Multiphysical modeling of the photopolymerization process for additive manufacturing of ceramics

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Additive manufacturing (AM) of ceramics through vat photopolymerization is a promising technique in which a ceramic filled photopolymer is selectively solidified in a layer-wise manner towards the final part geometry. Large scale adoption and optimization of AM for ceramics requires an in depth understanding of the process, which is pursued through a theoretical-numerical approach in this work. A modeling framework is proposed that integrates the coupled effect of four relevant physical mechanisms: (i) light propagation through the heterogeneous matter; (ii) conversion of the photopolymer; (iii) thermal effects and (iv) evolution of mechanical properties upon solidification. Interestingly, the inclusion of ceramic particles (compared to the regular vat photopolymerization process) has a marked influence for each individual physical mechanism. Even though the individual key ingredients are established, the coupled and integrated framework provides innovative insights, demonstrating how difficult it is to achieve homogeneous polymerization for ceramic-filled resins.
Originele taal-2Engels
Pagina's (van-tot)210-223
TijdschriftEuropean Journal of Mechanics. A, Solids
Volume71
DOI's
StatusGepubliceerd - 31 mrt 2018

Vingerafdruk

3D printers
Photopolymers
Photopolymerization
manufacturing
ceramics
Light propagation
photopolymers
Thermal effects
Solidification
Resins
Polymerization
Mechanical properties
Geometry
ingredients
resins
solidification
temperature effects
polymerization
mechanical properties
inclusions

Citeer dit

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title = "Multiphysical modeling of the photopolymerization process for additive manufacturing of ceramics",
abstract = "Additive manufacturing (AM) of ceramics through vat photopolymerization is a promising technique in which a ceramic filled photopolymer is selectively solidified in a layer-wise manner towards the final part geometry. Large scale adoption and optimization of AM for ceramics requires an in depth understanding of the process, which is pursued through a theoretical-numerical approach in this work. A modeling framework is proposed that integrates the coupled effect of four relevant physical mechanisms: (i) light propagation through the heterogeneous matter; (ii) conversion of the photopolymer; (iii) thermal effects and (iv) evolution of mechanical properties upon solidification. Interestingly, the inclusion of ceramic particles (compared to the regular vat photopolymerization process) has a marked influence for each individual physical mechanism. Even though the individual key ingredients are established, the coupled and integrated framework provides innovative insights, demonstrating how difficult it is to achieve homogeneous polymerization for ceramic-filled resins.",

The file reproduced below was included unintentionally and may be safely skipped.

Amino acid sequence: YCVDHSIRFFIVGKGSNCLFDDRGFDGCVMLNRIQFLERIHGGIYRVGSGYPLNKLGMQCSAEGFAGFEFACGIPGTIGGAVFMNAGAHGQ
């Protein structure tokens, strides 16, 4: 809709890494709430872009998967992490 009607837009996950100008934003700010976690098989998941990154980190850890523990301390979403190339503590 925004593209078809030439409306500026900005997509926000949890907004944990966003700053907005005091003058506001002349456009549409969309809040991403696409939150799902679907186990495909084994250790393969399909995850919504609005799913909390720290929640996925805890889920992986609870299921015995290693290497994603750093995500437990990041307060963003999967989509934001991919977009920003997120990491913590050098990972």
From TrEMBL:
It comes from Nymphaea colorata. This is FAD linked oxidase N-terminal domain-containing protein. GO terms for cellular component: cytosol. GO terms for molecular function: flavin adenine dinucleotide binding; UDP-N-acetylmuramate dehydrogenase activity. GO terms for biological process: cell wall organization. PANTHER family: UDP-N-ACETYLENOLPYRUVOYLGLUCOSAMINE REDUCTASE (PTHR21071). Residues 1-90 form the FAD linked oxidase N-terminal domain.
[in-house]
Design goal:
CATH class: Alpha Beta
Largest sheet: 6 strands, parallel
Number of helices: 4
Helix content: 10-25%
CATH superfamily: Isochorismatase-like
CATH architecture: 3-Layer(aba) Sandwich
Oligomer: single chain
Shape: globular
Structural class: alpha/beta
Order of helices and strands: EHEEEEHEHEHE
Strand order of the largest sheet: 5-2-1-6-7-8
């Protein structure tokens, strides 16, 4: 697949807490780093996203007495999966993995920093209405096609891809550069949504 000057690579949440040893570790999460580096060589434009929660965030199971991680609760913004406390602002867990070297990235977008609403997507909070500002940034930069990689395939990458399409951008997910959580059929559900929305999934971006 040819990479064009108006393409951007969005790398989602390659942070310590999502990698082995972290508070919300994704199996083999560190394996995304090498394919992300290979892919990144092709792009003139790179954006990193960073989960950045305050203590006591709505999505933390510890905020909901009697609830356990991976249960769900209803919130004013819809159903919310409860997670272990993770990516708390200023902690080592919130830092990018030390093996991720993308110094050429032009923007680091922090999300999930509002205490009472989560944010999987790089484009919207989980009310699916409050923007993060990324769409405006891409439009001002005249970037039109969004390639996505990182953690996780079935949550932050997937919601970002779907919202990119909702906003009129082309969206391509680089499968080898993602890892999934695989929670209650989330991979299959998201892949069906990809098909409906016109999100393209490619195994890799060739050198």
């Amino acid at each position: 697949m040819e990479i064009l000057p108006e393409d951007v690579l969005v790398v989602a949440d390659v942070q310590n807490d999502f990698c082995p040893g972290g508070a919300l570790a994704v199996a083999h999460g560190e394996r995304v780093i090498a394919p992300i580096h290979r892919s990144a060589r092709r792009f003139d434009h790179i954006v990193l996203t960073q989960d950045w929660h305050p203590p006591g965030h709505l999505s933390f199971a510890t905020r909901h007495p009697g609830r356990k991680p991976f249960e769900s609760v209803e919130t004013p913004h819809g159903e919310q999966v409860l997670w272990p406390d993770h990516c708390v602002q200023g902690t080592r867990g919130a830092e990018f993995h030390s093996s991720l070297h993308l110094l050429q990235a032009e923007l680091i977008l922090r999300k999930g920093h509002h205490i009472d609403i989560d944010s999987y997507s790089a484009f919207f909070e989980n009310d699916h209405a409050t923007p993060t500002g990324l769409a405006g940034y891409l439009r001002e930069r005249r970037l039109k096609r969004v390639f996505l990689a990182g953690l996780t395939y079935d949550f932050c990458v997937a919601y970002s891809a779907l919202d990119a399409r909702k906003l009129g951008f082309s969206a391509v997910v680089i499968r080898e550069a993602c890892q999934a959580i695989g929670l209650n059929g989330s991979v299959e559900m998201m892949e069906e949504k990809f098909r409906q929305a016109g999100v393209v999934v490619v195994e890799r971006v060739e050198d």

author = "S. Westbeek and {van Dommelen}, J.A.W. and J.J.C. Remmers and M.G.D. Geers",
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Multiphysical modeling of the photopolymerization process for additive manufacturing of ceramics. / Westbeek, S.; van Dommelen, J.A.W.; Remmers, J.J.C.; Geers, M.G.D.

In: European Journal of Mechanics. A, Solids, Vol. 71, 31.03.2018, blz. 210-223.

Onderzoeksoutput: Bijdrage aan tijdschriftTijdschriftartikelAcademicpeer review

TY - JOUR

T1 - Multiphysical modeling of the photopolymerization process for additive manufacturing of ceramics

AU - Westbeek, S.

AU - van Dommelen, J.A.W.

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AU - Geers, M.G.D.

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AB - Additive manufacturing (AM) of ceramics through vat photopolymerization is a promising technique in which a ceramic filled photopolymer is selectively solidified in a layer-wise manner towards the final part geometry. Large scale adoption and optimization of AM for ceramics requires an in depth understanding of the process, which is pursued through a theoretical-numerical approach in this work. A modeling framework is proposed that integrates the coupled effect of four relevant physical mechanisms: (i) light propagation through the heterogeneous matter; (ii) conversion of the photopolymer; (iii) thermal effects and (iv) evolution of mechanical properties upon solidification. Interestingly, the inclusion of ceramic particles (compared to the regular vat photopolymerization process) has a marked influence for each individual physical mechanism. Even though the individual key ingredients are established, the coupled and integrated framework provides innovative insights, demonstrating how difficult it is to achieve homogeneous polymerization for ceramic-filled resins.

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